At a recent arena show in Japan, our columnist plays to the back rows alongside Tsuyoshi Nagabuchi, who Pete Thorn says is a master at focusing his energy outward.
The explosion of social media has been, in many ways, an awesome thing for guitarists everywhere. Instagram and YouTube have completely changed how music is shared, promoted, taught, and consumed. Those with developed talent have a direct avenue to reach the world and share their musicianship and artistry. Indeed, many incredible players have achieved fame through social media alone. And those who are learning to play have a never-ending source of educational material. No matter what, however, the live stage (as well as the recording studio) is and always will be a different animal. Your YouTube and Instagram guitar and video chops might be great, but when it comes time to play in the studio or at a gig with a band—actually in front of people—you don’t want your performance to fall flat! This month, I’ll offer up some suggestions to assist making the leap from a “social media musician” to a full-fledged, gigging player.
Practice playing with time. A common issue I notice with many players on YouYube and Instagram is that even though they can play shredding lead licks quite cleanly, their time and groove is lacking. Rushing is quite common, but even the most blistering shred licks should still groove! Eddie Van Halen has always been my No. 1 example of a player with ridiculous lead skills, but also incredible groove.
It stands to reason that if you only practice alone at home, you won’t gain the experience of locking in with a drummer. Tip: Use something like a DigiTech Trio, Singular Sound BeatBuddy, or just program a beat in your DAW of choice. At the very least, use a metronome!
Practice (and excel at) rhythm guitar. Sure, B.B. King managed to have an incredible career and barely ever played rhythm guitar. But for the rest of us, chords and rhythm are a necessity. Maybe rhythm guitar isn’t the most exciting thing to watch in an Instagram video, but it’s likely what you’ll be doing 94 percent of the time if you’re in a band. So, don’t forget to practice your rhythm chops and, again, don’t forget to practice with timekeeping of some sort. It should go without saying, but rhythm guitar needn’t and shouldn’t just be the boring filler between solos.
Stratocaster rhythm master Nile Rodgers reveals some of the secrets of his incredible rhythm style in this video, with breathtaking right and left hand interplay.
If your rhythm playing feels stagnant, do yourself a favor and search “Nile Rodgers Giggin Tips” on YouTube. At about the three-minute mark, he provides masterful and valuable insight into his infectious, groovy, and hooky rhythm style.
Another terrific example of a guitarist with killer rhythm chops is Steve Stevens. His parts in songs like the Billy Idol classics “Rebel Yell” and “Eyes Without a Face” are integral to the songs, and not just chordal harmonic filler. If you search “Steve Stevens - Riffs, Chords, & Warm Up” on YouTube, you’ll find a clip of him discussing and playing both of those songs in detail, as well as showing us how to play a classic Led Zeppelin rhythm riff—properly.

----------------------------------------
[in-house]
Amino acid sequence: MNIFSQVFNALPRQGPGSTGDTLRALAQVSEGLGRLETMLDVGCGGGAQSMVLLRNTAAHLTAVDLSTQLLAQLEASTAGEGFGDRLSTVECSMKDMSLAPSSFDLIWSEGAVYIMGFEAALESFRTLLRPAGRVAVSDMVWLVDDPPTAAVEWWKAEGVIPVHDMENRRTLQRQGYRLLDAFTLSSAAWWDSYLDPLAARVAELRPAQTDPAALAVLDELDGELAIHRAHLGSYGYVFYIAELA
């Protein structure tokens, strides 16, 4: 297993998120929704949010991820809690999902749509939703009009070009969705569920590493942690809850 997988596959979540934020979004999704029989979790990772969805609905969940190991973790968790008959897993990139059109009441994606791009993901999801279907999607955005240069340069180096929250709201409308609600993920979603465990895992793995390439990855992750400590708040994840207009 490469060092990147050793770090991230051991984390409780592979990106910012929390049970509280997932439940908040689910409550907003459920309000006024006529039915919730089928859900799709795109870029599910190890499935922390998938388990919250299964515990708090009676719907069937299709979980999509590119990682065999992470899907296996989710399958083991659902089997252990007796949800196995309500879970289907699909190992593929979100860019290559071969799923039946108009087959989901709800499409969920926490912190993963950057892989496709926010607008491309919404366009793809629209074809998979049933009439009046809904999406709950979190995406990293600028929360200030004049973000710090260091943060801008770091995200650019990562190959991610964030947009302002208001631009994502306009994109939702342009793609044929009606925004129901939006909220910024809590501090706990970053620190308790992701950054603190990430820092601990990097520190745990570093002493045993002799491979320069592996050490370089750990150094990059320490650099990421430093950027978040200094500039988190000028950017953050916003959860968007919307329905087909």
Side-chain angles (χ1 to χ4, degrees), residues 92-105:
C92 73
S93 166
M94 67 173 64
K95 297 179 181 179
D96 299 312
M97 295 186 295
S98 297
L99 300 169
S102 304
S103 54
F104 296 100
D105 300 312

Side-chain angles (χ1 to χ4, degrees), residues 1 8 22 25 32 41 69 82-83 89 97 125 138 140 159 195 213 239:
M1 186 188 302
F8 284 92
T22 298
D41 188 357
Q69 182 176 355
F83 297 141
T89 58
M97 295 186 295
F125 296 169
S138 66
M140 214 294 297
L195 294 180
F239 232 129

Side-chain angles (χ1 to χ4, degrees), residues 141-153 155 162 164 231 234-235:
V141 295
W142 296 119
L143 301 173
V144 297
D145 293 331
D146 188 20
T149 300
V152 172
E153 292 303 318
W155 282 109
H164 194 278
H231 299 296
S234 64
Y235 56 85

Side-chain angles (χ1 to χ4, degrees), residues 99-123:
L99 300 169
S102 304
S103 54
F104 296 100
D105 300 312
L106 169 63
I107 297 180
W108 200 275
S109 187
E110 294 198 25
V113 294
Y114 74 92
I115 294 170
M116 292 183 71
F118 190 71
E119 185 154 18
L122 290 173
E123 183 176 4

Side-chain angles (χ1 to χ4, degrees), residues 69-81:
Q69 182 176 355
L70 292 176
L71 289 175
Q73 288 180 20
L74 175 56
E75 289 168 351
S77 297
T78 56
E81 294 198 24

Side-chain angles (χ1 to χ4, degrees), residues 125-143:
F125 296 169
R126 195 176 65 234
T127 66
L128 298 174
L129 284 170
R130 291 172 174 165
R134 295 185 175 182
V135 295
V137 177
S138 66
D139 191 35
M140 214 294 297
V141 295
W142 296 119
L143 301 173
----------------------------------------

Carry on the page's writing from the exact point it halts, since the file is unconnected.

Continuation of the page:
Play to the back row. It’s one thing to sit right in front of a camera and execute something perfectly for a video. But it’s a completely different experience when you’re onstage, in front of a crowd, and with a low-slung guitar around your shoulders. When you are shooting a video, your focus tends to be on perfect musical execution, not unlike recording in the studio. Try doing that in front of an arena crowd? Boring!
A drummer friend of mine once told me, “You have to play to the back row.” That means you want to make the person sitting in the nosebleeds feel like they are in the front row. You have to try and connect with those people way back there. The bigger the venue, the more important this becomes. I’ve had the good fortune of standing onstage beside folks like Tsuyoshi Nagabuchi and Melissa Etheridge, and witnessed how they do this.
Think you’ve been playing “Whole Lotta Love” correctly? Compare notes with Steve Stevens on the Led Zeppelin classic, as well as his own signature riffs for “Eyes Without a Face” and “Rebel Yell.”
Both Tsuyoshi and Melissa share a similar, almost Springsteen-like stage presence. The bigger the crowd, the more they rise to the occasion. Their physical and facial gestures are big, and they almost always keep their energy focused outward at the audience. They don’t just look at the first few rows, however. They look all the way to the back, and they point back there at those people as they move around the entire stage. While doing all this, which takes a ton of energy, they still keep cool inside. It would be easy to ride off the rails, so to speak, which could affect things like their time when playing or their pitch when singing. But even while outputting a ton of energy towards the audience, in their minds they are focused and controlled. This keeps everything in check musically.
When it comes to music versus performance, keep in mind that it’s always better to throw your heart and soul into an energetic performance and flub a few notes, rather than just standing up there and focusing on perfect execution. Work towards being both the guitarist and the performer you’d like to see if you were in the audience. It takes practice, but once you get the hang of it, it’s positively a blast to just get up there, let loose, and go for it.
Until next month, I wish you great tone!